atothex

# a>0

You can sketch the graph of $y=a^x$, for example when a=2, by considering the y coordinates that correspond to various x values. See Example 1 below. For any number a>1, the graph will have a very similar shape and will cross at $y=a^0=1$.

For a=1, you are calculating 1 to any power, which is always 1, and so the graph would be the horizontal line y=1.

atothex2

# a<0

The graph of $y=a^x$ for $0 will have a shape like $y=a^x$ but reflected in the y-axis. This is because when you multiply a number less than 1 by itself, it becomes smaller.

The graph of $y=0.5^x$, for example, will be the graph of $y=2^x$ reflected in the y-axis since $y=0.5^x=\left(2^{-1}\right)^x=2^{-x}$. See Transformations.

The diagram shows the graph of $y=e^x$ where e, sometimes known as Euler’s number is given by e=2.718281828459.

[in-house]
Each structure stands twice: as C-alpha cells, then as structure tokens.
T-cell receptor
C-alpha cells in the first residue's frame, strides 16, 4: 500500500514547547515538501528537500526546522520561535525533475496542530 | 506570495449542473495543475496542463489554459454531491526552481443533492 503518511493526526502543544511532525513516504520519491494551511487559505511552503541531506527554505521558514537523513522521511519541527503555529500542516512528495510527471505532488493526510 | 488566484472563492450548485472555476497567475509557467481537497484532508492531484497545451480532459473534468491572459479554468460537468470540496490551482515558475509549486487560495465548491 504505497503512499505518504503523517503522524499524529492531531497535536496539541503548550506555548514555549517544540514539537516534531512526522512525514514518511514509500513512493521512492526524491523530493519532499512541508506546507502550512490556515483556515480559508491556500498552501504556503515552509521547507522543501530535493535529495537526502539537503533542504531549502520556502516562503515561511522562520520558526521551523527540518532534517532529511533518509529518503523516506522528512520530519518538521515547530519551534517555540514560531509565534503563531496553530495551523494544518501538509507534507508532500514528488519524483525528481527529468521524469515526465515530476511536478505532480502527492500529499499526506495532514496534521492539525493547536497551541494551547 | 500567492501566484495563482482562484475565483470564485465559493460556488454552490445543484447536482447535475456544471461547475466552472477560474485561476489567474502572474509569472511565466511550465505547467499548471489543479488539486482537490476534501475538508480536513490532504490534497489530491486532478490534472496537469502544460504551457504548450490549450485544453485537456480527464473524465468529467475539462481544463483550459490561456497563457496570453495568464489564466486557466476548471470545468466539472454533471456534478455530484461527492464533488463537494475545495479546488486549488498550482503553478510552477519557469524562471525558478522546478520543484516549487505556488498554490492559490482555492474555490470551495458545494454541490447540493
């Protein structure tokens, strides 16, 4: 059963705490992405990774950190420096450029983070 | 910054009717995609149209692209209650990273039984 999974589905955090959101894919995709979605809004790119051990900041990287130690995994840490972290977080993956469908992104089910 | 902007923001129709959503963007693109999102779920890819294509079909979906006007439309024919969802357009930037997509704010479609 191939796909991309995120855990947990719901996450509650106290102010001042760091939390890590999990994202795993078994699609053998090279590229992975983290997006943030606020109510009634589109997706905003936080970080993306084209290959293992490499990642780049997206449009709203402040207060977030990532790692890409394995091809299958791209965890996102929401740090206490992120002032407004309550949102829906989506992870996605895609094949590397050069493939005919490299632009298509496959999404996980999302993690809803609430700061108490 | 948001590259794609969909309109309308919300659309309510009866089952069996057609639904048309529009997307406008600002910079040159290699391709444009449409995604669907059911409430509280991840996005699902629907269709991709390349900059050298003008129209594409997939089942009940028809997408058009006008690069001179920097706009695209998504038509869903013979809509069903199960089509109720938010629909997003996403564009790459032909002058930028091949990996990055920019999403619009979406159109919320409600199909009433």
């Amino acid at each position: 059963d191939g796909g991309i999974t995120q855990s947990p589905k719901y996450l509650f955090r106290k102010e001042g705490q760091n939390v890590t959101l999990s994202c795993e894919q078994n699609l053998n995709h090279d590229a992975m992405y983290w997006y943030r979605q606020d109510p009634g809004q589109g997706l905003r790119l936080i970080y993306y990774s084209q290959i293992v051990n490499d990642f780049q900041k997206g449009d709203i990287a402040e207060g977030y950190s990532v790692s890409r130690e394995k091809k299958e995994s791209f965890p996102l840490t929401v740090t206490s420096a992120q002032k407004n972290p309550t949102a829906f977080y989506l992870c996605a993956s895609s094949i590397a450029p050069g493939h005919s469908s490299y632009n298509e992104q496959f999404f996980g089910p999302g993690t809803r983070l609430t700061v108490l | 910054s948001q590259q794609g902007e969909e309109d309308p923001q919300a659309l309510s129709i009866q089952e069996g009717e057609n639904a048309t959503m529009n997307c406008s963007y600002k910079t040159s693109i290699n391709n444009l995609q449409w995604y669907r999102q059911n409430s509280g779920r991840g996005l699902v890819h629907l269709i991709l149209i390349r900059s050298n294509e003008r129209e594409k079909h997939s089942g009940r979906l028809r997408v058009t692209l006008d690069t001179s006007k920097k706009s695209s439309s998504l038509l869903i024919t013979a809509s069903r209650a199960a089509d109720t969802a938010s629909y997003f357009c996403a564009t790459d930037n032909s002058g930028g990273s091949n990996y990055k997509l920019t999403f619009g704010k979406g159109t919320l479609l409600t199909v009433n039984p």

e=2.718281828459 is special because everywhere on this graph, the gradient is the same as the y-coordinate.

Example 1

The following table shows coordinates for the graph $y=2^x$ for x taking integer values between -3 and 3 (inclusive).

x -3 -2 -1 0 1 2 3
y 0.125 0.25 0.5 1 2 4 8

Example 2

The following table shows coordinates for the graph $y=0.5^x$ for x taking integer values between -2 and 3 (inclusive).

x -3 -2 -1 0 1 2 3
y 8 4 2 1 0.5 0.25 0.125

In the second year of A-Level Maths, you may also be expected to sketch graphs of the form $y=e^{ax+b}+c$.